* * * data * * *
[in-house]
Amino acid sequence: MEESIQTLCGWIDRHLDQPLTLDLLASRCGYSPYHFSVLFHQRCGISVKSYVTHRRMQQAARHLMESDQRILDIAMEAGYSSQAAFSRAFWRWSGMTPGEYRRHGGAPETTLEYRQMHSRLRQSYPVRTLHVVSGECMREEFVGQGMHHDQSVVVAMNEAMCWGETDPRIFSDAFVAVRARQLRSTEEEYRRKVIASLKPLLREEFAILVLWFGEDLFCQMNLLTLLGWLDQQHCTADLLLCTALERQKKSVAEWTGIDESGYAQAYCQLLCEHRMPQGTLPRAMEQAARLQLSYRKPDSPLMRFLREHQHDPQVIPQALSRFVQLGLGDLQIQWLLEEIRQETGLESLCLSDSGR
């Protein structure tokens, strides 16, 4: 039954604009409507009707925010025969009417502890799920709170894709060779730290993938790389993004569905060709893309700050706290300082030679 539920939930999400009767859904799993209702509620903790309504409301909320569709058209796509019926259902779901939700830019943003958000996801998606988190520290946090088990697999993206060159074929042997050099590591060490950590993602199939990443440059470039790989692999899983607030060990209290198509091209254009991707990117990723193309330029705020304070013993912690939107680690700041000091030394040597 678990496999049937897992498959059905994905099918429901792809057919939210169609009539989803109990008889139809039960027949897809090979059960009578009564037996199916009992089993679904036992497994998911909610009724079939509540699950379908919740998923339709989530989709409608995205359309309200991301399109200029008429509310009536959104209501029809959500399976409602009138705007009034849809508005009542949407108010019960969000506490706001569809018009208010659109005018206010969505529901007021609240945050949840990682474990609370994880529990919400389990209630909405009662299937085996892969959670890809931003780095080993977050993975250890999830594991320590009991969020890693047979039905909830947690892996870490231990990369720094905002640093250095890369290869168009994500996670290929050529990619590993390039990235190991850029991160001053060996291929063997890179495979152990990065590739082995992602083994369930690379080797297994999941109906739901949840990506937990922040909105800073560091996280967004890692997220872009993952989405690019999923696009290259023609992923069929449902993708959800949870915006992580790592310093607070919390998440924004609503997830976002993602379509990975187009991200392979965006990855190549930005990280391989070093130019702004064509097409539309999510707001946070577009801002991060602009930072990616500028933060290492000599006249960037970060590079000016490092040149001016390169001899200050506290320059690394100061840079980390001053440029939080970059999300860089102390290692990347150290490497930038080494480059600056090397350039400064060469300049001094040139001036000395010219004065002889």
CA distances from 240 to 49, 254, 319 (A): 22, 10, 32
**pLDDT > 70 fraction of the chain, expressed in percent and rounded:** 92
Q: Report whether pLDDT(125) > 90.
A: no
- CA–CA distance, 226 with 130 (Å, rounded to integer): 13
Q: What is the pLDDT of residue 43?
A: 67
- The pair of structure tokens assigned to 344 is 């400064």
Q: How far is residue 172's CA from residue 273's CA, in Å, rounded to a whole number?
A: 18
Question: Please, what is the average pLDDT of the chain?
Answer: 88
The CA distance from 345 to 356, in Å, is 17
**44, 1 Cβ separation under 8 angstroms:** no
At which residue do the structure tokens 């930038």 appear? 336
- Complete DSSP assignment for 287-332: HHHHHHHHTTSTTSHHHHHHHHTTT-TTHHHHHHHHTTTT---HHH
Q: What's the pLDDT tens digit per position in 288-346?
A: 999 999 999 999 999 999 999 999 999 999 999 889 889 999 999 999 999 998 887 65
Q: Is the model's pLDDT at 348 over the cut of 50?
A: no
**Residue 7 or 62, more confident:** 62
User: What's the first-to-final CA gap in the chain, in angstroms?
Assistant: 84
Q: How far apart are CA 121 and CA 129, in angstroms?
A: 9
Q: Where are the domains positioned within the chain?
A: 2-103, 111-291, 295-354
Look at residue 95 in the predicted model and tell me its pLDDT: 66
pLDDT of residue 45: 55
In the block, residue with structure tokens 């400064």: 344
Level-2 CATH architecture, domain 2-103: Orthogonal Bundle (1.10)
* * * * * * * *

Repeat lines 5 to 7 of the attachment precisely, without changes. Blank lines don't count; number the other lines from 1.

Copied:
**pLDDT > 70 fraction of the chain, expressed in percent and rounded:** 92
Q: Report whether pLDDT(125) > 90.
A: no